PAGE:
VOA News: WHO: Progress in Millennium Development Goals Still Not Sufficient
“…The report says the West Asian and Pacific region has made the biggest progress in meeting the goals. It says huge progress has been made in the Americas and European region, which stretches to Central Asia. It says Southeast Asia, the Eastern Mediterranean region, and the African region have made the slowest progress….” (Schlein, 5/13).

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Global Hearings Gather Recommendations On MCH For U.N., World Health Assembly

The Guardian: ‘My mother did everything but she was left to bleed to death after giving birth’
“…Last week’s citizens’ hearing [in Kampala, Uganda,] was one of several that have been organized around the globe in recent months to garner support for reproductive health and childcare. … On Thursday, the recommendations from the hearings will be presented to the U.N. secretary general, Ban Ki-moon, by a Ugandan maternal health advocate, Faridah Mwanje Luyiga. Next week, activists will attend the World Health Assembly — the world’s highest health policy-setting body — to advocate for decent health care for women, children, and adolescents…” (Mwesigwa, 5/14).

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Following 2 Major Earthquakes, Nepal Begins To Rebuild; U.N. Praises Emergency Preparedness, Says Relief Workers Must Listen To Local Populations

Devex: Disaster responders must listen to Nepalese — Valerie Amos
“…After returning from a visit to the disaster zone, where 8.1 million people require humanitarian assistance, Valerie Amos — speaking to Devex before a second 7.3-magnitude quake hit the country May 12 — said that communicating with affected districts was ‘critical’ during the crisis…” (Jóźwiak, 5/13).

Reuters: Mental health worry for Nepalis traumatized by aftershocks
“The powerful 7.3 magnitude tremor that struck Nepal this week left an already traumatized population gripped by even deeper fear, underlining concerns that the country is ill-prepared to cope with the mental side effects…” (Macaskill/Mahr, 5/13).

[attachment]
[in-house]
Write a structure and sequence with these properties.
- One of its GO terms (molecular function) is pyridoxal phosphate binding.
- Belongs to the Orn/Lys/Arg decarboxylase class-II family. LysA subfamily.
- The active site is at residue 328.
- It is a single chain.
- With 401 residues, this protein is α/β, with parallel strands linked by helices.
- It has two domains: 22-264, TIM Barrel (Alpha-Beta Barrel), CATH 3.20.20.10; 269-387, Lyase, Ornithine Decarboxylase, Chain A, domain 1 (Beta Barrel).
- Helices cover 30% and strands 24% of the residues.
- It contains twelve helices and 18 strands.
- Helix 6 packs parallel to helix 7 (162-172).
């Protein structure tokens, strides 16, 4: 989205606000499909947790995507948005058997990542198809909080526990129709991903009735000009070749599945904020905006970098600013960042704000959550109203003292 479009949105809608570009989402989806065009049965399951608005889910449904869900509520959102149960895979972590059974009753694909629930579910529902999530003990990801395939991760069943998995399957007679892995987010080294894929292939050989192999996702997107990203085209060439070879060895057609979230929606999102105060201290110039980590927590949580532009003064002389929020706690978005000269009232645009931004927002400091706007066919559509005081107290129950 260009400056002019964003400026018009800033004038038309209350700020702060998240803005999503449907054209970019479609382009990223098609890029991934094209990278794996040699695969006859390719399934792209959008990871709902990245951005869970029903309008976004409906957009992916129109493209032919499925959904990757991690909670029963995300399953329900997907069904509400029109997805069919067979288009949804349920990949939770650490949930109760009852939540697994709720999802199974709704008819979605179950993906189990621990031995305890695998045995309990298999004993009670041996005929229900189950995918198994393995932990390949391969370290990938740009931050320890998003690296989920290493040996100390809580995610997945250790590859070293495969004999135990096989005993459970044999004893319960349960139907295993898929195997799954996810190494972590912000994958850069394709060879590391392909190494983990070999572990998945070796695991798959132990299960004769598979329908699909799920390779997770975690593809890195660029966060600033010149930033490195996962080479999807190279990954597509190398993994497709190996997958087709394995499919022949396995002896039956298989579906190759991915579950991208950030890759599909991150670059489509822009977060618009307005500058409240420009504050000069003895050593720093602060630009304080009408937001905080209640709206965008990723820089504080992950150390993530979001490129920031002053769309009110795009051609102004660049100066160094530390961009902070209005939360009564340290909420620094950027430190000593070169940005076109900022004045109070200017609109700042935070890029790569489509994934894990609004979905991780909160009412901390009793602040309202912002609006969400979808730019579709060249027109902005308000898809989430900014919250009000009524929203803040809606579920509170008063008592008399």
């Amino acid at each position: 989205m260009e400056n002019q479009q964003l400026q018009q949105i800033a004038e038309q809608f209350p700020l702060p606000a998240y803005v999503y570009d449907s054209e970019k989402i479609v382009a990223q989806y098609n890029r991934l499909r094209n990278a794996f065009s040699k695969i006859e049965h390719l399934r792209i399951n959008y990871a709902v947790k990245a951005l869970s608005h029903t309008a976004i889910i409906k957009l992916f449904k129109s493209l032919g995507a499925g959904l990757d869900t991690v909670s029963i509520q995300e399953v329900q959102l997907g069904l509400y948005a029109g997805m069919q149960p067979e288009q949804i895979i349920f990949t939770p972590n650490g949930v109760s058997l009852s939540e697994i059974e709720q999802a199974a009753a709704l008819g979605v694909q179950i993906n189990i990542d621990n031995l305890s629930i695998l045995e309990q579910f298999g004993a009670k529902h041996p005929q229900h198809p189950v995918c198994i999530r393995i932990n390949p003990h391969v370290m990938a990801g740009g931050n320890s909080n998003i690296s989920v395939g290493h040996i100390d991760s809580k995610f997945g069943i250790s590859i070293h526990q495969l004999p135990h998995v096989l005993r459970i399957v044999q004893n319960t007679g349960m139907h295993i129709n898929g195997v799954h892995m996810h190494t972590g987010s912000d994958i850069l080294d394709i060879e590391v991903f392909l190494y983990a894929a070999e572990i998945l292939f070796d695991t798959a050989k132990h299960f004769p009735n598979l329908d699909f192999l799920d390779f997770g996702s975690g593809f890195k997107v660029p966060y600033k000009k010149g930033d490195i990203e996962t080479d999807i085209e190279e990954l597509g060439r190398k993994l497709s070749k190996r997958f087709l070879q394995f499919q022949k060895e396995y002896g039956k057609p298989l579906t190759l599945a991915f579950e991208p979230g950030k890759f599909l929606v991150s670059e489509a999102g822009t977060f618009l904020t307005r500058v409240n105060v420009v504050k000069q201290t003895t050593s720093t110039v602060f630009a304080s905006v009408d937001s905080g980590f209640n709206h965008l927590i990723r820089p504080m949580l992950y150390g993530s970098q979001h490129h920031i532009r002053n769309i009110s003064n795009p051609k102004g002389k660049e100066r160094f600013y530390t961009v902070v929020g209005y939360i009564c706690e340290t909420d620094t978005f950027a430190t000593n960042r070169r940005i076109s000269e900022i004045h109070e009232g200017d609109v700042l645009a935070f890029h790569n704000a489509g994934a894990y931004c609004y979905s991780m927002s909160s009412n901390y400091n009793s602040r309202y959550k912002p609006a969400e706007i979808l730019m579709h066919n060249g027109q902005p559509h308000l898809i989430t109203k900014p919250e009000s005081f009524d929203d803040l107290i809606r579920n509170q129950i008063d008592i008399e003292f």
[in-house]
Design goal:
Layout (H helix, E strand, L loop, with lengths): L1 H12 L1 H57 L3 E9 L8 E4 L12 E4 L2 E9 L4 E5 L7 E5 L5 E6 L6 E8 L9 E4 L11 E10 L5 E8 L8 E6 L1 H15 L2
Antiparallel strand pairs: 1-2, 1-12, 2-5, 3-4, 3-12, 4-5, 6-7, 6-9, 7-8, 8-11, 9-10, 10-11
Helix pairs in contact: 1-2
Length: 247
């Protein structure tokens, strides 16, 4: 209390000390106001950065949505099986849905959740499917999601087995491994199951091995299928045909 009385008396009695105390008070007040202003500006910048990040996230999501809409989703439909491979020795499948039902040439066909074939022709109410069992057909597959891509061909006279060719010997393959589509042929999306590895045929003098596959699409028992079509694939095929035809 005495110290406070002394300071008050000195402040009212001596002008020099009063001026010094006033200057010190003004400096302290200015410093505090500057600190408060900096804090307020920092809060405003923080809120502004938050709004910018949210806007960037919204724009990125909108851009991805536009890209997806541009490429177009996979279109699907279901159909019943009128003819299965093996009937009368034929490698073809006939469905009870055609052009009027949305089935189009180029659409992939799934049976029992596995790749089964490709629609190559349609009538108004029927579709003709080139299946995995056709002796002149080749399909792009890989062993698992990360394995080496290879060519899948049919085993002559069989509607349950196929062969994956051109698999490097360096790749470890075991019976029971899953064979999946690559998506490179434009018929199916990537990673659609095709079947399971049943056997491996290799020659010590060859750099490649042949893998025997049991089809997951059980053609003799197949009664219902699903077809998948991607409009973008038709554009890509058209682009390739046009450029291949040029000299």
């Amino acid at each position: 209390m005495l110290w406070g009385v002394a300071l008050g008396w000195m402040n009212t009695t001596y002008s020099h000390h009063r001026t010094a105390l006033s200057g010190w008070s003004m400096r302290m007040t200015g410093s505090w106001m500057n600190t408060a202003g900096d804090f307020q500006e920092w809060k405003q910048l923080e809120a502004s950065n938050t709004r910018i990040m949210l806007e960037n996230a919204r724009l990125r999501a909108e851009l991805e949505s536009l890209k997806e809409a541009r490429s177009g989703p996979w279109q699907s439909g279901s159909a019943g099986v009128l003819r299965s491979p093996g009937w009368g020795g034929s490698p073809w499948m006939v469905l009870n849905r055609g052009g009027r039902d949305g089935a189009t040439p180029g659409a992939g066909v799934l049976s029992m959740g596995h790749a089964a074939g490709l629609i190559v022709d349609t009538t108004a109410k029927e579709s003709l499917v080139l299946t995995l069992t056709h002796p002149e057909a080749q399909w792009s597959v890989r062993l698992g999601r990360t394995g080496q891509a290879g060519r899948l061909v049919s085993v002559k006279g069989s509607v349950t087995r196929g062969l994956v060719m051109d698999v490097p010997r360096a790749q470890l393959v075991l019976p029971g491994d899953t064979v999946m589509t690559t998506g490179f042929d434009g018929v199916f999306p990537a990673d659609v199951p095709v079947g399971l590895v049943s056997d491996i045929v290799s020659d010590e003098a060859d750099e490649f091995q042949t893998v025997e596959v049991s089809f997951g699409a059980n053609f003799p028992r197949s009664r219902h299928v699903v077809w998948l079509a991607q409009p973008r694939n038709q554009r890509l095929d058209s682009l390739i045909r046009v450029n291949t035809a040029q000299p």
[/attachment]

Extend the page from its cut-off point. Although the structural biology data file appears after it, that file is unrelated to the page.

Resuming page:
U.N. News Centre: Nepal’s emergency preparedness saved lives in earthquake aftermath — U.N. health agency
“The emergency preparedness efforts implemented by the Government of Nepal over the past 15 years have ensured that key elements of the health sector remained ready and able to function during the recent earthquake that devastated large swathes of the mountainous country, the United Nations World Health Organization (WHO) said [Wednesday]…” (5/13).

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Yemen's Tenuous Temporary Ceasefire Allows For Delivery Of Humanitarian Aid To Civilians

Agence France-Presse: Situation in Yemen ‘catastrophic,’ warns U.N. food agency
“The U.N.’s food agency warned Wednesday that the situation in Yemen was ‘catastrophic,’ as aid agencies rushed to take advantage of a temporary ceasefire to help desperate civilians…” (5/13).

U.N. News Centre: Yemen: U.N. welcomes ceasefire as ‘lifesaving’ humanitarian relief begins to arrive
“The top United Nations humanitarian official has welcomed the commencement of a ceasefire in Yemen aimed at allowing the delivery of ‘lifesaving’ relief and aid to the country’s civilian populations…” (5/13).

Washington Post: Yemen’s humanitarian truce barely holds as violence resumes
“Yemen’s humanitarian cease-fire came under significant strain in its first 24 hours Wednesday, disrupted by a Saudi-led coalition airstrike, fighting in a strategic province, and shelling by coalition warships west of the port city of Aden…” (al-Haj, 5/13).

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China Faces Food, Nutrition Security Pressures Warranting Government Action, Report Says

Xinhua News: China’s food, nutrition security faces challenges: report